References

  1. Aldossary, A., While, A., & Barriball, L. (2008). Health Care and Nursing in Saudi Arabia. International Nursing Review, 55, 125–128.CrossRefGoogle Scholar
  2. Ali, A. (1986). Labour Immigration in the Arab Gulf States: Patterns, Trends and Problems. International Migration, 24(3), 675–684.CrossRefGoogle Scholar
  3. Al-Khalifeh, A. H. (1993). Population Spatial Distribution Policies in Saudi Arabia. In United Nations (Ed.), Population Spatial Distribution. Amman: ESCWA Social Development, Population and Human Settlements Division.Google Scholar
  4. Alrouh, H., Ismail, A., & Cheema, S. (2013). Demographic and Health Indicators in Gulf Cooperation Council Nations with an Emphasis on Qatar. Journal of Local Health Perspectives, 3.  https://doi.org/10.5339/jlghp.2013.3.
  5. Al-Yousuf, M., Akerele, T. M., & Al-Mazrou, Y. Y. (2002). Organization of the Saudi Health System. Eastern Mediterranean Health Journal, 8(4/5), 645–653.Google Scholar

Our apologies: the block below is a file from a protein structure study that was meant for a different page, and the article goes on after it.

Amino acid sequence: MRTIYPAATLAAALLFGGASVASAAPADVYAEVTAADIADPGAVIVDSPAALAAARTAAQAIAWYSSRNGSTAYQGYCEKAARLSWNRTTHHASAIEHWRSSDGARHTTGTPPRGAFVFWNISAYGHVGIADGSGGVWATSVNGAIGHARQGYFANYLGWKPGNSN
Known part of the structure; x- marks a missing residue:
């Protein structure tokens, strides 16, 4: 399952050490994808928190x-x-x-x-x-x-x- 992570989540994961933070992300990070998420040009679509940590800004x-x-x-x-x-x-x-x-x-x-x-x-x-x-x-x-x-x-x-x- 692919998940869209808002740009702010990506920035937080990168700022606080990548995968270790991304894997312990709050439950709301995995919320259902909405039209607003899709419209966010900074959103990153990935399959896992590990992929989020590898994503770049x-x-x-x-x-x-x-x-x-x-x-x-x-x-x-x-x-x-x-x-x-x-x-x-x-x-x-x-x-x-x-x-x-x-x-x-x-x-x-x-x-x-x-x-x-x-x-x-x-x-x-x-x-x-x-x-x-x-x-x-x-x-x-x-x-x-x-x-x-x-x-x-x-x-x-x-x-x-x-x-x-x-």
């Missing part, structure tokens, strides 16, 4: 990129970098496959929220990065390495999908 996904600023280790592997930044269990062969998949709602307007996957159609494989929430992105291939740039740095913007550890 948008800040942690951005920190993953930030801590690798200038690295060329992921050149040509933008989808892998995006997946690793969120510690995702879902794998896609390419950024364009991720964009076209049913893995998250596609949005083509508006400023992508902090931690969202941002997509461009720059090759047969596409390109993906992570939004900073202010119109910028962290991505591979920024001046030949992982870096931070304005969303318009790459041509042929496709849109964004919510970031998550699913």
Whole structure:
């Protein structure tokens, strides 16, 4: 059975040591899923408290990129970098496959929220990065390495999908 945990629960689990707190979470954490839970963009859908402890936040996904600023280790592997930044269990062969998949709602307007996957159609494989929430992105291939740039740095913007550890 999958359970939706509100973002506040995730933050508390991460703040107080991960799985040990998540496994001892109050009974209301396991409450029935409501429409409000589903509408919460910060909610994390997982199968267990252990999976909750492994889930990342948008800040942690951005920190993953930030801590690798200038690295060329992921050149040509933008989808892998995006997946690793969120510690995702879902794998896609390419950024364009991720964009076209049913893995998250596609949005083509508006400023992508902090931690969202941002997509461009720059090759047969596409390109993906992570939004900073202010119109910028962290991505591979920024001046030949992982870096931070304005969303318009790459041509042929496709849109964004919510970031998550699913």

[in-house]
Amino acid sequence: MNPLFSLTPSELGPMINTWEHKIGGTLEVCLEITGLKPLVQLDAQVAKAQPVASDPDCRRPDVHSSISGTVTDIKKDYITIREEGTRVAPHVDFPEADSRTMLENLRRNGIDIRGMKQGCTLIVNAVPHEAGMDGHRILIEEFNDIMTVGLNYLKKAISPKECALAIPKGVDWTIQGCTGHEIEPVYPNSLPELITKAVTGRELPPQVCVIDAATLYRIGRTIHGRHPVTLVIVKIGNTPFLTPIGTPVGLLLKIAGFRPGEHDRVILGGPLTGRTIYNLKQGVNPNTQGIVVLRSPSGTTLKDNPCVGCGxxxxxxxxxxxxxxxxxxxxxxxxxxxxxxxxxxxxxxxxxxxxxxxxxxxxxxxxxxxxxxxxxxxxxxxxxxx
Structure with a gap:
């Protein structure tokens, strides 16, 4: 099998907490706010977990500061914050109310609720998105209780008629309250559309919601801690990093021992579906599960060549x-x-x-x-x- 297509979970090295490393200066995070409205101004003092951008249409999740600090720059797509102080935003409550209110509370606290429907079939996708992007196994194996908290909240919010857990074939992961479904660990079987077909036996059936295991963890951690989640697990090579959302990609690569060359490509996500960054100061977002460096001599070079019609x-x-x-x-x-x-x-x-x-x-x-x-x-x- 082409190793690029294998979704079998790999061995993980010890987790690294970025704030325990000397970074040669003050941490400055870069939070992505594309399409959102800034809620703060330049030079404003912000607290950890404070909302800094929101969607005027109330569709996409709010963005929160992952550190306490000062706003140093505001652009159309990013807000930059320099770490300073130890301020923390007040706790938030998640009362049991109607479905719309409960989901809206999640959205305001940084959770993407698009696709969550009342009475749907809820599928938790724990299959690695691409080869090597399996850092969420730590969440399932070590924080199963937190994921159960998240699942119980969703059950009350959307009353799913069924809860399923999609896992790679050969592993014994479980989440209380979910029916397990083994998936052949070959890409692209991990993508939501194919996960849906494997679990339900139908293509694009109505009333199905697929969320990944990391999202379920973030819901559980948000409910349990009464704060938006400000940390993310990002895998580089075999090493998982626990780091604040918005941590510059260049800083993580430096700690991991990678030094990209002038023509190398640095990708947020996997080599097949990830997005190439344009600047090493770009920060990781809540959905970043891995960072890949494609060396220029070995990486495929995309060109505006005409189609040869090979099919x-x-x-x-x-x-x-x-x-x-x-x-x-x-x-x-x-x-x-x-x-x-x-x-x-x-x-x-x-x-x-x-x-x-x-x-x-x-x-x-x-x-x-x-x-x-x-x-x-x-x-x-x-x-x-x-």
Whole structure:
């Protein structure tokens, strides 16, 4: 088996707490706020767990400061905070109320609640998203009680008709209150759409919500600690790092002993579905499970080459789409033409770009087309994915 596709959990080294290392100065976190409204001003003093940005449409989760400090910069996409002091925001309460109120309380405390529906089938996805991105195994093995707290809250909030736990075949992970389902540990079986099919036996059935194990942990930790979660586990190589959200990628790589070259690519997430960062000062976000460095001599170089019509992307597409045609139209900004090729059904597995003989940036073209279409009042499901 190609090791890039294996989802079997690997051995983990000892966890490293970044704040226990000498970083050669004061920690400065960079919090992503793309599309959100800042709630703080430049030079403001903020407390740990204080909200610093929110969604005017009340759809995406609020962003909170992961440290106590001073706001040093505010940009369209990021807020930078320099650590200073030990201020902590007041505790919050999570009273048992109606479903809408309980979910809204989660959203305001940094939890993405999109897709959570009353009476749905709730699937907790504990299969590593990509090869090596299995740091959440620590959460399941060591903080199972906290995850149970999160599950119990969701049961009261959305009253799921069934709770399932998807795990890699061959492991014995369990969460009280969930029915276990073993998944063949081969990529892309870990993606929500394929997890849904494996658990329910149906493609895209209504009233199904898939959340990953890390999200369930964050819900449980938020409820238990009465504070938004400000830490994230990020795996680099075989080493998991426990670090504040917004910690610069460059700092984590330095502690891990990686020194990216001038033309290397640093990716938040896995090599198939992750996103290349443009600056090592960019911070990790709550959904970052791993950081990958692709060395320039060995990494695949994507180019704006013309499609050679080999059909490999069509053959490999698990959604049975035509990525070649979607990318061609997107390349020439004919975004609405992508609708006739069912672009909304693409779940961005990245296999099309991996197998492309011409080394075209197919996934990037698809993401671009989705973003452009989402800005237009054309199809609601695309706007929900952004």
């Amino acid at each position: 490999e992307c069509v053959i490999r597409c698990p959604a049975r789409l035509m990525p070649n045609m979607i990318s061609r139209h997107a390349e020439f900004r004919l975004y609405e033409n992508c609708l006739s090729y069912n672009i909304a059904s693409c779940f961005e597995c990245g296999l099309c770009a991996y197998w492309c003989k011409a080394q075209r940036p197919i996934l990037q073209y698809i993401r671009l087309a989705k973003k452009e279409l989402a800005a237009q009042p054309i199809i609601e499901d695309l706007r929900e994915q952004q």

6. Center for Population Studies. (2012). Dynamics of Saudi Arabian Population: Analysis Through Four Censuses – 1974, 1992, 2004 and 2010. Riyadh: CPS.Google Scholar
  7. Clarke, J. I., & Murray, J. L. (1973). Population Dynamics of Large Middle Eastern Cities. IUSSP International Population Conference Liege, 1, 271–286.Google Scholar
  8. Courbage, Y. (1995). Declining Fertility in the Arab Peninsula. Population, 50(2), 415–445.CrossRefGoogle Scholar
  9. Forstenlechner, I., & Rutledge, E. J. (2011). The GCC’s “Demographic Imbalance”: Perceptions, Realities and Policy Options. Middle East Policy., 18(4), 25–43.CrossRefGoogle Scholar
  10. Fouad, S., & Al-Badr, A. A. (1995). The Composition of Population with Respect to Sex in Saudi Arabia. Cairo Demographic Centre Research Monograph Series No. 24, CDC, Cairo.Google Scholar
  11. General Authority of Statistics. Various Years. Censuses 1974, 1992, 2004, and 2010 and Demographic Survey 2017. Riyadh Kingdom of Saudi Arabia.Google Scholar